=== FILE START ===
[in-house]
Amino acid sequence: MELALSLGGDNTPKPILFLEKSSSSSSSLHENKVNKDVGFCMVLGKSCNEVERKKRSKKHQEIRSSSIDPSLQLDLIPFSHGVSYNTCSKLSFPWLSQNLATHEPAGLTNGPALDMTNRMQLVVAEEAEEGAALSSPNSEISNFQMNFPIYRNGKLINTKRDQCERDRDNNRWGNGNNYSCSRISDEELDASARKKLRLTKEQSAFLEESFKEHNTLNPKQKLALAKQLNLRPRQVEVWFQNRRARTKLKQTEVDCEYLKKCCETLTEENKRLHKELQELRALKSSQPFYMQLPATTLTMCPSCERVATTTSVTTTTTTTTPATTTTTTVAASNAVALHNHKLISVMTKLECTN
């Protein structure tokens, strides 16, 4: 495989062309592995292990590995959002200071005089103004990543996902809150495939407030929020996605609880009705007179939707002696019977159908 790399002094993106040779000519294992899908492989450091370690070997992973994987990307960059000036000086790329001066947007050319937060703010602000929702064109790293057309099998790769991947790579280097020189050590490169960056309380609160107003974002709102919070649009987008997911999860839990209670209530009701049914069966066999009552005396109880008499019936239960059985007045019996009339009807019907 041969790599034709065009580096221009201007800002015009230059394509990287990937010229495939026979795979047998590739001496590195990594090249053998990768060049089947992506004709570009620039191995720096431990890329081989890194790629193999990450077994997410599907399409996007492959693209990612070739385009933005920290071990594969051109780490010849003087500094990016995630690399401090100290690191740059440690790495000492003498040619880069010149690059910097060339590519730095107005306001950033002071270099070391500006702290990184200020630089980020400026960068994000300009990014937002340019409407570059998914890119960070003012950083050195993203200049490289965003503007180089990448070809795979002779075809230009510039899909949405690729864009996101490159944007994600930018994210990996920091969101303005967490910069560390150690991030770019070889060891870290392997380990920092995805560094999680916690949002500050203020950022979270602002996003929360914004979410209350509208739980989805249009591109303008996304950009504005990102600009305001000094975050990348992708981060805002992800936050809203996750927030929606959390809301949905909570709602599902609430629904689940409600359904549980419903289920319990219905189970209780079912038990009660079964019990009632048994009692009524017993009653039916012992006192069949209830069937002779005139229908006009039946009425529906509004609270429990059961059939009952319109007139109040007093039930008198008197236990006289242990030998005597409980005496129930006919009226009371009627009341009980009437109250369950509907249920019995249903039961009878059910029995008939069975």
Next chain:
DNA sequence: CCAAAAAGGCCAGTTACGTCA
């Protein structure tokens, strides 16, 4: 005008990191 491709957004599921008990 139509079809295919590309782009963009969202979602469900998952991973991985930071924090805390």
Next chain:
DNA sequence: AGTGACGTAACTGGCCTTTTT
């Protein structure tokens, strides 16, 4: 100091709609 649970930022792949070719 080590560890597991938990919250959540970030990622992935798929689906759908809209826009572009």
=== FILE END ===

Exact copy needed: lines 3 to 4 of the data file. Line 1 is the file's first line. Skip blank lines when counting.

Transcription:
């Protein structure tokens, strides 16, 4: 495989062309592995292990590995959002200071005089103004990543996902809150495939407030929020996605609880009705007179939707002696019977159908 790399002094993106040779000519294992899908492989450091370690070997992973994987990307960059000036000086790329001066947007050319937060703010602000929702064109790293057309099998790769991947790579280097020189050590490169960056309380609160107003974002709102919070649009987008997911999860839990209670209530009701049914069966066999009552005396109880008499019936239960059985007045019996009339009807019907 041969790599034709065009580096221009201007800002015009230059394509990287990937010229495939026979795979047998590739001496590195990594090249053998990768060049089947992506004709570009620039191995720096431990890329081989890194790629193999990450077994997410599907399409996007492959693209990612070739385009933005920290071990594969051109780490010849003087500094990016995630690399401090100290690191740059440690790495000492003498040619880069010149690059910097060339590519730095107005306001950033002071270099070391500006702290990184200020630089980020400026960068994000300009990014937002340019409407570059998914890119960070003012950083050195993203200049490289965003503007180089990448070809795979002779075809230009510039899909949405690729864009996101490159944007994600930018994210990996920091969101303005967490910069560390150690991030770019070889060891870290392997380990920092995805560094999680916690949002500050203020950022979270602002996003929360914004979410209350509208739980989805249009591109303008996304950009504005990102600009305001000094975050990348992708981060805002992800936050809203996750927030929606959390809301949905909570709602599902609430629904689940409600359904549980419903289920319990219905189970209780079912038990009660079964019990009632048994009692009524017993009653039916012992006192069949209830069937002779005139229908006009039946009425529906509004609270429990059961059939009952319109007139109040007093039930008198008197236990006289242990030998005597409980005496129930006919009226009371009627009341009980009437109250369950509907249920019995249903039961009878059910029995008939069975």
Next chain: